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In the face of protests from some students and faculty, former Bush National Security Adviser and Secretary of State Condoleezza Rice withdrew as featured commencement speaker at the upcoming graduation ceremonies for the Rutgers University class of 2014. Predictably, conservatives were apoplectic, complaining "College campuses essentially operate on mob rule at this point." Former House Speaker, failed presidential candidate and CNN Crossfire host Newt Gingrich went further, denouncing "growing liberal fascism on campus."

That's a pretty stunning position for frothing at the mouth conservatives in general and Newt Gingrich to take. After all, five years ago they were largely united in calling on the University of Notre Dame to rescind its invitation to its 2009 commencement speaker, President Barack Obama. As it turned out, Obama was only following the footsteps of another pro-choice, African-American graduation speaker, Condoleezza Rice.

Having burned through three wives and three religions, it is understandable that Newt Gingrich might forget what he believed in at any point in the past. And in March 2009, just hours after he formally became a Catholic, Gingrich tweeted:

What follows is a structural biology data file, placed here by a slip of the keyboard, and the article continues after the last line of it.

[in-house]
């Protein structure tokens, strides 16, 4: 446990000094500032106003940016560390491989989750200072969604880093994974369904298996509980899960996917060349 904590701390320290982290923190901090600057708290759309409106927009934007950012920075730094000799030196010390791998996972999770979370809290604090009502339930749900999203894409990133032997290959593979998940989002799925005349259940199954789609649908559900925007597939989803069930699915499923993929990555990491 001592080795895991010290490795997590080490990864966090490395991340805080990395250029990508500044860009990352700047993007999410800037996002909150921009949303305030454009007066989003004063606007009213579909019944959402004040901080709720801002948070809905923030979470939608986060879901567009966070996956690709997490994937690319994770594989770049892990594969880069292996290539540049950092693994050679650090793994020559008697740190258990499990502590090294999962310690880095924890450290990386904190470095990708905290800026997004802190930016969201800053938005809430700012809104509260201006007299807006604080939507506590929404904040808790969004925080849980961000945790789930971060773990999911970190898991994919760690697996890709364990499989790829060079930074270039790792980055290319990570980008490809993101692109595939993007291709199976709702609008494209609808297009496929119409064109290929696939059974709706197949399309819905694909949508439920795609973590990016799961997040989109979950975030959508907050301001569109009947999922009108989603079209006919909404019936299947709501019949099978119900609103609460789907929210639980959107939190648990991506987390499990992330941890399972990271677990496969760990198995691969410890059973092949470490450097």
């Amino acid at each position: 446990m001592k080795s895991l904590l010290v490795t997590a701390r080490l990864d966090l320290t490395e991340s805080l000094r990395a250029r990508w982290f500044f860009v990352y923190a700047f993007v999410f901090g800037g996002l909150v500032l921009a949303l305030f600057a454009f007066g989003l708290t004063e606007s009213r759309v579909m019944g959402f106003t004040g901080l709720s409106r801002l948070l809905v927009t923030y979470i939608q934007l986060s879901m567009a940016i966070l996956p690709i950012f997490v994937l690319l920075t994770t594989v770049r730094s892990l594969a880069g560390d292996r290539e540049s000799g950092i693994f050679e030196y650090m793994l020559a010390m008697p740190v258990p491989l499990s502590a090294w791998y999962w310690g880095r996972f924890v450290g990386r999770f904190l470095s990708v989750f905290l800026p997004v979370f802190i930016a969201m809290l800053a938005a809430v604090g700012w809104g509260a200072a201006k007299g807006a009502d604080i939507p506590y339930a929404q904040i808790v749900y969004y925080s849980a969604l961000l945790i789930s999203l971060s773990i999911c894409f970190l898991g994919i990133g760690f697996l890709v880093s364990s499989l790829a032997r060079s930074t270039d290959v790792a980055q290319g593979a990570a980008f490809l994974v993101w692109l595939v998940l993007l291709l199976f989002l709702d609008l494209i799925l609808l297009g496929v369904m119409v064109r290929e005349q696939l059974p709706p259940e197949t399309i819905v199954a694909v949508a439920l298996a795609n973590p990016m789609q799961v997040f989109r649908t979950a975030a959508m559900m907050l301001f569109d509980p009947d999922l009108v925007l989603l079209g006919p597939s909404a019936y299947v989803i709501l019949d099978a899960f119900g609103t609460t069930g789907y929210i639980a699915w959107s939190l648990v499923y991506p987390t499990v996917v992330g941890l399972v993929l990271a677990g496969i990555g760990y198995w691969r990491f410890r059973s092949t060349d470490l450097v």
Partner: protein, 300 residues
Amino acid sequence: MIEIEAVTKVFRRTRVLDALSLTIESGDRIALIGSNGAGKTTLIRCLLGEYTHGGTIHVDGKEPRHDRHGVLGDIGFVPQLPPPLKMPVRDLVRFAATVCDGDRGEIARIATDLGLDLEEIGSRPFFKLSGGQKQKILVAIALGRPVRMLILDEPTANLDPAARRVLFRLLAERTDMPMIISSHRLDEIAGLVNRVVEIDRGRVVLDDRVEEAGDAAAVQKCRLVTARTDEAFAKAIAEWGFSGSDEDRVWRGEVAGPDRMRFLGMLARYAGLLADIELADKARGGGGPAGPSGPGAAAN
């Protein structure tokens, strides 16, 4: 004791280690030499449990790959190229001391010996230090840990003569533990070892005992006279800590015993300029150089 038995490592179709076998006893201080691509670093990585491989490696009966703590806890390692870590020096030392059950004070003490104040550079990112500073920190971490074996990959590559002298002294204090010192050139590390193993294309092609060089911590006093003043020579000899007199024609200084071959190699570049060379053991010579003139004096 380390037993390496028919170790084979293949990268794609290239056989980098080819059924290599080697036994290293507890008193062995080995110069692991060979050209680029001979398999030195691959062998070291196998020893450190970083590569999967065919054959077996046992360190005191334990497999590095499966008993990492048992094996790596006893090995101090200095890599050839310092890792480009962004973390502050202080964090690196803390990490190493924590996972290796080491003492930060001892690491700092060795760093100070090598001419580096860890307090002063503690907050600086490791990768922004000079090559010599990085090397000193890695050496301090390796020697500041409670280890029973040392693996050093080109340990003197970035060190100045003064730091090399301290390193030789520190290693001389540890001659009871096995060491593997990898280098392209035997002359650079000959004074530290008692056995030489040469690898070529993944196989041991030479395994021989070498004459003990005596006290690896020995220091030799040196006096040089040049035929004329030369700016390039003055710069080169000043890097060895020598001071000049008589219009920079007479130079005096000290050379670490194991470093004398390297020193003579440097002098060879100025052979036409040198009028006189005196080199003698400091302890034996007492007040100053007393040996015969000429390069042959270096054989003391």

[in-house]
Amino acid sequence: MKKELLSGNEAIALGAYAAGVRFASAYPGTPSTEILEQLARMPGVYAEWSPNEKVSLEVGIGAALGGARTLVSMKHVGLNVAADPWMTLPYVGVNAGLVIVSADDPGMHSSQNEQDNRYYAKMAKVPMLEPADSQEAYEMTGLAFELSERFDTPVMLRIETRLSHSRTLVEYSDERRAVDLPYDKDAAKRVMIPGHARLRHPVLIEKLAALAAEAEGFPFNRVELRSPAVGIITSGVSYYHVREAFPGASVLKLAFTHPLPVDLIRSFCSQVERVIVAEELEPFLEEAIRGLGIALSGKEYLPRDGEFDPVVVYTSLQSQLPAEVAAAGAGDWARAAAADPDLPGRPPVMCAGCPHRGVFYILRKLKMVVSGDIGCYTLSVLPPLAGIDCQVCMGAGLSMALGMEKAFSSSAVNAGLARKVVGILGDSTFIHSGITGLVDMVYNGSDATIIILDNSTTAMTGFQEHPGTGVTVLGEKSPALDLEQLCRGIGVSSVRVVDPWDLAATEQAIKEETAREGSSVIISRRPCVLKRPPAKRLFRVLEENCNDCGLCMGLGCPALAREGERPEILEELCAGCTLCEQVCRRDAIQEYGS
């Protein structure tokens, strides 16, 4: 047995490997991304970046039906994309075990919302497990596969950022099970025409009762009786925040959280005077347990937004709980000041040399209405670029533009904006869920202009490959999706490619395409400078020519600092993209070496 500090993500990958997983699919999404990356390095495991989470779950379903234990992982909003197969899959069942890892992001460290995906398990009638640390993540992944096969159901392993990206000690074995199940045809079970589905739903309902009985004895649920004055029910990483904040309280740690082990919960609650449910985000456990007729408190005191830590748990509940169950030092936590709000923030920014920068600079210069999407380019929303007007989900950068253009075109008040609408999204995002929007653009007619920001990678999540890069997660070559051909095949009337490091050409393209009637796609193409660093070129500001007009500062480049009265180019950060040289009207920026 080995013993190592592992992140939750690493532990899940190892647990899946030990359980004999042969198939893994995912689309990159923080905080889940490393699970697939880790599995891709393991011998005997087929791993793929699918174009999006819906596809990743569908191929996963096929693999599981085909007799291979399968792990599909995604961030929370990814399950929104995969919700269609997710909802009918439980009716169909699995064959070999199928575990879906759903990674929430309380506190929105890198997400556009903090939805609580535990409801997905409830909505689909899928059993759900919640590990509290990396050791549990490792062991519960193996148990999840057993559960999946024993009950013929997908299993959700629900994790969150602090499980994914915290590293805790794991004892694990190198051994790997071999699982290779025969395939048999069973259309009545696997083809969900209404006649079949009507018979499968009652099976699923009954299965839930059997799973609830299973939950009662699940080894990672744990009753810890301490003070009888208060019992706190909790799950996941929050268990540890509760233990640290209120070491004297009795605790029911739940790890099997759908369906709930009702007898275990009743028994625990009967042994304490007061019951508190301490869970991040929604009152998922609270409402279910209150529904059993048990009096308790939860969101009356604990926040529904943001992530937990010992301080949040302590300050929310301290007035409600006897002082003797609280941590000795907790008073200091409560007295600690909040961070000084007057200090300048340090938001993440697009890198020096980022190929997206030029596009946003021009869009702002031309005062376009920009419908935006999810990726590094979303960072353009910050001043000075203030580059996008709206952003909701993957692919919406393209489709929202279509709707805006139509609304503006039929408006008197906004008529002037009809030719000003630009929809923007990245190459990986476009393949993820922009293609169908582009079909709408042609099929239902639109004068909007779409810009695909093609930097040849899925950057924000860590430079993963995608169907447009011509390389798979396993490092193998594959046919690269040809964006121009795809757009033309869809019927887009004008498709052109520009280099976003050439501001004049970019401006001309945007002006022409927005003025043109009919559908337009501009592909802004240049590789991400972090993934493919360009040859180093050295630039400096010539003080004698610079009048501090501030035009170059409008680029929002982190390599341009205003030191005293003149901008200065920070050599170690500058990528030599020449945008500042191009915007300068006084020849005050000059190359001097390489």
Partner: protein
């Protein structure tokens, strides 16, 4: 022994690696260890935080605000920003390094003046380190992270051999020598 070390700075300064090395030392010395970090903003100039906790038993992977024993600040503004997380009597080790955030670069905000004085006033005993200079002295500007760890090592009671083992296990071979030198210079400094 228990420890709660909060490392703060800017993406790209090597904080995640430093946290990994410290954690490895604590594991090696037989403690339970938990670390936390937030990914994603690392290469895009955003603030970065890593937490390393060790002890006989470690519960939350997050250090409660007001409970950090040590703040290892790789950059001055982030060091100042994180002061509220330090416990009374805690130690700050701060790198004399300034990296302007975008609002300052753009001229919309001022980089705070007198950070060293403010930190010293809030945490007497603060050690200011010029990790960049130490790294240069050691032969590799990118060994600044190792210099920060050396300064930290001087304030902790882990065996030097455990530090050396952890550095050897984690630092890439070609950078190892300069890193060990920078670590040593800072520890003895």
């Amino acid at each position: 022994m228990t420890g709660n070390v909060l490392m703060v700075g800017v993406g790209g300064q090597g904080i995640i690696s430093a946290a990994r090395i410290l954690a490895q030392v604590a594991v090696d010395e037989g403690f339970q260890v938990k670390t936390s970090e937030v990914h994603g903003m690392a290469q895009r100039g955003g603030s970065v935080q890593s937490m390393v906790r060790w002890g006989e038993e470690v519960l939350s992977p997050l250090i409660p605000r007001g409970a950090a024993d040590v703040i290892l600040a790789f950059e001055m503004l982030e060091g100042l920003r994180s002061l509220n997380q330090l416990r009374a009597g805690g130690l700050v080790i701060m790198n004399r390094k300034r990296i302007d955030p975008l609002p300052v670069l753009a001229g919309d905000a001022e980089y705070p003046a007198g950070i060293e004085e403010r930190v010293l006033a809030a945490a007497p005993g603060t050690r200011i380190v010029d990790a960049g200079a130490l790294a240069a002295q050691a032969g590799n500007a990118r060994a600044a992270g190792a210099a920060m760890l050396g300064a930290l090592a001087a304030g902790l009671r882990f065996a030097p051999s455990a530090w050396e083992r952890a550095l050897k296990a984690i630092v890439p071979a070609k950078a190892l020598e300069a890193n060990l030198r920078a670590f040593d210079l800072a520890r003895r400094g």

It is sad to see notre dame invite president Obama to give the commencement address Since his policies are so anti catholic values.
Please read below the fold for more on the commencement of graduation hypocrisy.

Gingrich, whose own values include the belief that marriage is an institution between one man and three women in rapid succession, didn't stop there. As he put it on the eve of President Obama's speech that May:

"To the degree that Notre Dame still thinks of itself as a Catholic institution, it raises real questions," Gingrich told "FOX News Sunday."

"I think the president's position has been the most radical, pro-abortion of any American president, so I think there is a legitimate question there," he said.

Gingrich added: "But look -- I'm a new convert. I'll let the Vatican speak for the church. I'm just speaking for Newt Gingrich."

As it turned out, Notre Dame spoke for itself. After all, it wasn't just that President Obama won the Catholic vote and won the Notre Dame student body and the larger South Bend community as well. Polls showed that American Catholics approved of his stands on most social issues and backed the invitation itself. Oh, and one other thing. Notre Dame has a long history of honoring and featuring pro-choice speakers, including one named Condoleezza Rice. As I noted in 2009:
Lost in the frothing at the mouth by right-wing partisans is Notre Dame's long history of featuring pro-choice figures from both political parties as commencement speakers. These include Senator Daniel Patrick Moynihan in 1992 and 1975 South Bend graduate Condoleezza Rice in 1995. (Rice famously told the Washington Times that she was "mildly pro-choice.") Rice's address to the students, by the way, was titled, "The Role of the Educated Person."